YOU are not a majority
If there is one thing I have been able to take out of last year’s horrible, messy, painful election that has so divided our country, it’s this: YOU ARE NOT A MAJORITY.
Whoever you are, Bernie Bro, Trumpkin, Cuckservative, Neo-Liberal, Establishment, Revolutionary or Counter-revolutionary, YOU are not a majority.
Hillary supporters, myself included, went into election night confident that we would come out with a majority of voters in enough states to win. We were wrong. Trump supporters were elated to win and thought that surely that meant a majority of voters agreed that their guy should be president. They were wrong.
Bernie Sanders supporters thought that the energy and fervor they displayed in their rallies and through small donations meant that surely a majority of the country agreed with them. They were wrong. Bush/Rubio/Cruz/Carson supporters believed that surely there was a majority of their party who would prefer one of them to Donald Trump. They were wrong.
I believed that a majority of the country thought basically as I do about our needs as a nation, about our collective shared values, and differed mostly on how to proceed about addressing them. I was wrong.
Trump does not have a majority, and I’m not talking about the popular vote tally. He received 62,985,106 votes, but that doesn’t represent an army coalesced and marching in lockstep behind him, that’s a big, messy, chaotic coalition. Some voted because they believe in his values, some because that’s the team they need to support, some because they are pro-life, some because friends and neighbors were going that way and some because they were so fed up with anything that could remotely be described as “establishment” that they would do anything to get away from it. Some simply abhorred his opponent more than they disliked him. All these people happened to vote that way on election day, but on another day, with a different news cycle for the preceding 48 hours, it might well have been different.
On another day it would have been a slightly different number that would have elected second President Clinton, but there too, there would not have been unambiguous support. Even in the final tally of 65,853,625 voters, there was a huge variety of motivations. Some voted because they were excited by a historic woman presidency. Some agreed with part or most of her exhaustively researched and detailed policy positions. Some simply abhorred her opponent more than they disliked her.
Any election is won or lost on the size and motivation of the coalition a candidate can assemble. Trump had 62,985,106 individuals that managed to cobble together into a whole. We cannot possibly go and ask each of those 62,985,106 people a question, interview them and try to understand their choice, so we try to break it down into categories.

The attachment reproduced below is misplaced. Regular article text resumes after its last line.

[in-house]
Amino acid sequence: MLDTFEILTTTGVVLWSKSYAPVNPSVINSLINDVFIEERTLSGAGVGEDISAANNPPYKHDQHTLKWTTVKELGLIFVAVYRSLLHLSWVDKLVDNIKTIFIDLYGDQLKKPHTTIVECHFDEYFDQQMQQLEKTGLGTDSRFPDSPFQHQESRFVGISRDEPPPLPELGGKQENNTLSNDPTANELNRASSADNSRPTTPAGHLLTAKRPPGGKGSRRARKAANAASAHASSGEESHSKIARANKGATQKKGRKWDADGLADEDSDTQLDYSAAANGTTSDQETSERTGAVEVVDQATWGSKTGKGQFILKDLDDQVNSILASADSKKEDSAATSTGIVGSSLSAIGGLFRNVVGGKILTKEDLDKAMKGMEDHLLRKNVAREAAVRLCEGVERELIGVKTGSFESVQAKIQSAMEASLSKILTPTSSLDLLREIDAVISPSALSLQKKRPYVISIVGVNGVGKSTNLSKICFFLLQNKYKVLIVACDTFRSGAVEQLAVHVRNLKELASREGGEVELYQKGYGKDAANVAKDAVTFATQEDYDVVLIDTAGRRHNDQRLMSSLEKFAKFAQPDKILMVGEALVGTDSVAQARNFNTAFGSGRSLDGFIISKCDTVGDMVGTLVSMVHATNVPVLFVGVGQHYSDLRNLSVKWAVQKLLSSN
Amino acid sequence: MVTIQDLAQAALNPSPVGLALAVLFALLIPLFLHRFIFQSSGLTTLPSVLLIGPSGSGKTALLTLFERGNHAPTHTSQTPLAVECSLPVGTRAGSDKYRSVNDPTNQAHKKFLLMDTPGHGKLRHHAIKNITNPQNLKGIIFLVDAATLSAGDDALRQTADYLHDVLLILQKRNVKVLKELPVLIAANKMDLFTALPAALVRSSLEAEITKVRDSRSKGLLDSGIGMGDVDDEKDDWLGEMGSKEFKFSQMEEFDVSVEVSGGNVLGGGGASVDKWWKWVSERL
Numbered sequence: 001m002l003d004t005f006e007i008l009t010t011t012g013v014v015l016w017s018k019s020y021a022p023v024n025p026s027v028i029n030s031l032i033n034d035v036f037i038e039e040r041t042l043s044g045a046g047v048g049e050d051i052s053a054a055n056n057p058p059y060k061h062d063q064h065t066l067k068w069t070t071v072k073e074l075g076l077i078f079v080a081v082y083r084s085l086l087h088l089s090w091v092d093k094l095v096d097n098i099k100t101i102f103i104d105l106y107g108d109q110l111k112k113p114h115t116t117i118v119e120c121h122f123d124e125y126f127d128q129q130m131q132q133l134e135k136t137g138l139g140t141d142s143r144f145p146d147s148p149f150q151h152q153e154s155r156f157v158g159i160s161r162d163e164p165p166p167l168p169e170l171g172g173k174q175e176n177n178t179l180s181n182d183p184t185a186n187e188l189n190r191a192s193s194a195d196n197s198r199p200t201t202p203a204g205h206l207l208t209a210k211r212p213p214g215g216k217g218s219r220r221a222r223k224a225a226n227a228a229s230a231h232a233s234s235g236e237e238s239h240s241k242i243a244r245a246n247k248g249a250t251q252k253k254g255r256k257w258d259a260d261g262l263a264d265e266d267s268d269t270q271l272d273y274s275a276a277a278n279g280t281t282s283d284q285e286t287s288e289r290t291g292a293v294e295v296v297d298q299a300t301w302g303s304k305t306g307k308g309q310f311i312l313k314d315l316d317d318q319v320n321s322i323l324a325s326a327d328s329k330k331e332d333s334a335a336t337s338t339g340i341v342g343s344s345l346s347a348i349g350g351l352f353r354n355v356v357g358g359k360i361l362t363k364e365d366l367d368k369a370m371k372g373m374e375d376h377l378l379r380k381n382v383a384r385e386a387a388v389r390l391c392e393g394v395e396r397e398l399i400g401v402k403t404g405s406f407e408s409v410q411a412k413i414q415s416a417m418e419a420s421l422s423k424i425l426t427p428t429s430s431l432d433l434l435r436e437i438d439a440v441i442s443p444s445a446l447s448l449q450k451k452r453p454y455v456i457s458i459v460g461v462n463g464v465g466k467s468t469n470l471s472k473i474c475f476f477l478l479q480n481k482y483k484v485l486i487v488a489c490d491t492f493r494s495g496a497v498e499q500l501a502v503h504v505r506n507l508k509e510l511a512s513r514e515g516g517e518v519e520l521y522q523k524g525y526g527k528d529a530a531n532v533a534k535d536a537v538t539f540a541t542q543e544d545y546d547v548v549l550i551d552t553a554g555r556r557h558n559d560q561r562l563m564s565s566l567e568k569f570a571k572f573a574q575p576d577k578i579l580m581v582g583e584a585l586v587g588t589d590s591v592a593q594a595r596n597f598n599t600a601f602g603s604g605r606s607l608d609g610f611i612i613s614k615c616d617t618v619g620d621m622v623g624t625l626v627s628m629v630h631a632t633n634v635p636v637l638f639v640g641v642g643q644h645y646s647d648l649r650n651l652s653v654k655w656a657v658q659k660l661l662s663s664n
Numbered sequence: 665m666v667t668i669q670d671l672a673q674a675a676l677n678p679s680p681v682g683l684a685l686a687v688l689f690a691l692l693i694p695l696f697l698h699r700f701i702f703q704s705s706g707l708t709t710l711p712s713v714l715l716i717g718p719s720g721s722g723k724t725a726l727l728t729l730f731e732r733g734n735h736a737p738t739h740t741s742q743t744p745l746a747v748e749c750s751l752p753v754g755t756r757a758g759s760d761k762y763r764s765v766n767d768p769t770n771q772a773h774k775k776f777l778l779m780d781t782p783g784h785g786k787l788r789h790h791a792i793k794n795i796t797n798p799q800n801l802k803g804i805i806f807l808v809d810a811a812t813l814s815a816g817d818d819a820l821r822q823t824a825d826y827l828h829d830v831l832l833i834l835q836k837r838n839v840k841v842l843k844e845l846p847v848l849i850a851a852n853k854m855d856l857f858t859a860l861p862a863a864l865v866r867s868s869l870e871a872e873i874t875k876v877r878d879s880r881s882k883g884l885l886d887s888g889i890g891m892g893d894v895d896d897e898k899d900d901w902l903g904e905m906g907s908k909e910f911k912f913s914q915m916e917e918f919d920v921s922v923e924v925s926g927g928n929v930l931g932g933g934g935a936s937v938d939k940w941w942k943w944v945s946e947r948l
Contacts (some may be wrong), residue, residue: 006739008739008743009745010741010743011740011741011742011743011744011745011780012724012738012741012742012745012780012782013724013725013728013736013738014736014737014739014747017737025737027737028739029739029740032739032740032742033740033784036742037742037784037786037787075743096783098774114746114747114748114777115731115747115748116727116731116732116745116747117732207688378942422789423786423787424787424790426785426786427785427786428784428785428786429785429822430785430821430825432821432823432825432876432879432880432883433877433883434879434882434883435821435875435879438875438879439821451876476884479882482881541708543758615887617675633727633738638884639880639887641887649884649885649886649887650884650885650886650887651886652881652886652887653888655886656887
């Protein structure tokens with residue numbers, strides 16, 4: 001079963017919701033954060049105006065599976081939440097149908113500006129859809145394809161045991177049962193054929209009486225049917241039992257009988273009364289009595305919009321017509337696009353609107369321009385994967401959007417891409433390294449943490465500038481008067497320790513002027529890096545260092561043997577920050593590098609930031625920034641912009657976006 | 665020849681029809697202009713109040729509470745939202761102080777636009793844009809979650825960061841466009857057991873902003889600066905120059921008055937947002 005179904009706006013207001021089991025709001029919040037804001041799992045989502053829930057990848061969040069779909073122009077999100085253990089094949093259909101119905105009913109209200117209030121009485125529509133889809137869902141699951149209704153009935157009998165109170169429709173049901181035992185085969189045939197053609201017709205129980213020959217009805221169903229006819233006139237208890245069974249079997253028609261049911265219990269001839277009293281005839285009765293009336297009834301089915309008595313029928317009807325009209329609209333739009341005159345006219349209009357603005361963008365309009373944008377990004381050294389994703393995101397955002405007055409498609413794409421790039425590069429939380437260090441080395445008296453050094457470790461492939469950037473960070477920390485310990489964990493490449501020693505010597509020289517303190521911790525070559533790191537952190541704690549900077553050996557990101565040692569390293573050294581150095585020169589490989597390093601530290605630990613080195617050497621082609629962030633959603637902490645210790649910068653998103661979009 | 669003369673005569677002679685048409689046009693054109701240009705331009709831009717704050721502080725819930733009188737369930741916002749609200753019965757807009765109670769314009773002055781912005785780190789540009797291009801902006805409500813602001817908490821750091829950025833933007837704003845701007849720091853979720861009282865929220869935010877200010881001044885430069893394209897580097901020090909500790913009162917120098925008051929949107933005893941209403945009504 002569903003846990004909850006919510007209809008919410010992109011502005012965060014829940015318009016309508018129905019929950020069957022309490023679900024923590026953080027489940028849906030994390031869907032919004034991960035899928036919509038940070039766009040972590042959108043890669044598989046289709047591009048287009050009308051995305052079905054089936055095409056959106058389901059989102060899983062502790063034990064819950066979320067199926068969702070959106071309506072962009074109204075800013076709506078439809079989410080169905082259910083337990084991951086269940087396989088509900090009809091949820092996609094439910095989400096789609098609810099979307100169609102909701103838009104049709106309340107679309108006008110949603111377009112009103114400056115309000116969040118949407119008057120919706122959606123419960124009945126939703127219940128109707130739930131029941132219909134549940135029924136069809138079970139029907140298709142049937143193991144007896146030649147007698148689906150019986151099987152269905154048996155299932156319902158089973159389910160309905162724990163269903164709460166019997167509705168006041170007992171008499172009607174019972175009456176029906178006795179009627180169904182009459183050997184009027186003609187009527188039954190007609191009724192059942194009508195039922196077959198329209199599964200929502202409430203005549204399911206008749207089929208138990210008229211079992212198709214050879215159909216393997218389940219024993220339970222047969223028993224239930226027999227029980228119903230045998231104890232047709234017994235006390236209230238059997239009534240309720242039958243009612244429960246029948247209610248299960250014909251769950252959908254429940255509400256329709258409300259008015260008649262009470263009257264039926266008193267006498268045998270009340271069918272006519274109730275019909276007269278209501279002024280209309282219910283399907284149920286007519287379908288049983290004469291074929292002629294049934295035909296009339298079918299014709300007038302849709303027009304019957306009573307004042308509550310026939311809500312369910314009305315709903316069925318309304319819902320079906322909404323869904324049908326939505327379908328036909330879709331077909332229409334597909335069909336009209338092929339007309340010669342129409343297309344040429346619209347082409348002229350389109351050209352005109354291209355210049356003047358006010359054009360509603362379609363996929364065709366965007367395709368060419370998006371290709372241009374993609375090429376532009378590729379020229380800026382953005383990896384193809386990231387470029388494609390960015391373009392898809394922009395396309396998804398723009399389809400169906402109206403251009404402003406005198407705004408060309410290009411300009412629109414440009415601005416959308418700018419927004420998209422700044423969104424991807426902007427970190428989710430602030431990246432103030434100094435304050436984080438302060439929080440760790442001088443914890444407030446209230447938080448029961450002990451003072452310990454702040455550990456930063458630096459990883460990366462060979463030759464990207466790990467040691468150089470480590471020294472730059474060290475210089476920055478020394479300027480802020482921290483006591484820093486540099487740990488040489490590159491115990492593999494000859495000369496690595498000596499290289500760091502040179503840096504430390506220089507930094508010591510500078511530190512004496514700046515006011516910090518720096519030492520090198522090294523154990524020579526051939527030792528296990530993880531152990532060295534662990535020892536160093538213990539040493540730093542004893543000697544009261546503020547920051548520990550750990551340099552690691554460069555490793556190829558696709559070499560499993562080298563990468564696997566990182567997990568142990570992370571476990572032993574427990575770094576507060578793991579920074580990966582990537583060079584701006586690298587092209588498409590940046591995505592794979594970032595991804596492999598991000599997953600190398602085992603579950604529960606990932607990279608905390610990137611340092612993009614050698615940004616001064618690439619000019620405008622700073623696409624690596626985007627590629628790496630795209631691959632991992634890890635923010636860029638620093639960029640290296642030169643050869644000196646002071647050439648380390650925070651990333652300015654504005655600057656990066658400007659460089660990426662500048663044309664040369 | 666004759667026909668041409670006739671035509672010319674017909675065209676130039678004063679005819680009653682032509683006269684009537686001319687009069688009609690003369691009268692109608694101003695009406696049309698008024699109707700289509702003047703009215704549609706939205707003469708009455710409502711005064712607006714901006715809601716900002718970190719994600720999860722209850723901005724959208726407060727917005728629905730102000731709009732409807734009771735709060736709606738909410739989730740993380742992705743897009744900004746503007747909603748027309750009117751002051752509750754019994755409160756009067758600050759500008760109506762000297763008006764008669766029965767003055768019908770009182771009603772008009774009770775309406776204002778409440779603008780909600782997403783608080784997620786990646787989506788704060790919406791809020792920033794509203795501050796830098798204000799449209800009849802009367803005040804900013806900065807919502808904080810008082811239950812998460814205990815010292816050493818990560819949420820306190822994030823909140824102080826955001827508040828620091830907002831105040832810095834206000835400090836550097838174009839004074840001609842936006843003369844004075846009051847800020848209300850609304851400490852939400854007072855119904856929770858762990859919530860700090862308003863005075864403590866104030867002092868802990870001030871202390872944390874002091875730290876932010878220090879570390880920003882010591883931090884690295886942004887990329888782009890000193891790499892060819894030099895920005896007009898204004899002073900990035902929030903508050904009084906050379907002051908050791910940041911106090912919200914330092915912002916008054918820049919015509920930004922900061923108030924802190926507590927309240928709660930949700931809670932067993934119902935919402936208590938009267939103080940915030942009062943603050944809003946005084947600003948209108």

That’s why the media keeps obsessing about working class whites or latinos with a college degree or religious conservatives or social liberals or whatever. These labels are only useful to the extent they let us understand the seething mass of humanity that makes up an electoral coalition, and they DO give us some insights from time to time. Still, the temptation to put everything into a tidy narrative is strong enough that we often assume that it is the ONLY narrative. We assume that the motivation we assign to some people in a group must apply to all of them, or that it was the ONLY motivation.
Were some Trump voters motivated by racial resentment? Yes. For some was it economic anxiety? Yes. These two ideas are NOT mutually exclusive! Even if you could identify the primary motivation for a subset of voters, that alone would not tell you very much about the motivations of the majority, simply because there wasn’t a single motivating impulse pushing everyone.
Any coalition will inevitably be a mish-mash of these loosely defined categories, but we lack any other vocabulary that would give us a more precise notion of what the teeming masses of the nation are up to.
I have a tendancy to believe that there are millions of people out there who agree with me. That the silent majority secretly yearns for the same things I do. That even those who disagree with me are most likely just mislead by dishonest people or simple mistaken judgements.
This is not true. The majority of people don’t have my background, do not share my point of view, and would vehemently disagree with many things I have to say. That’s not because people are stupid, or because I am.
It’s because I am not a majority.
And neither are you.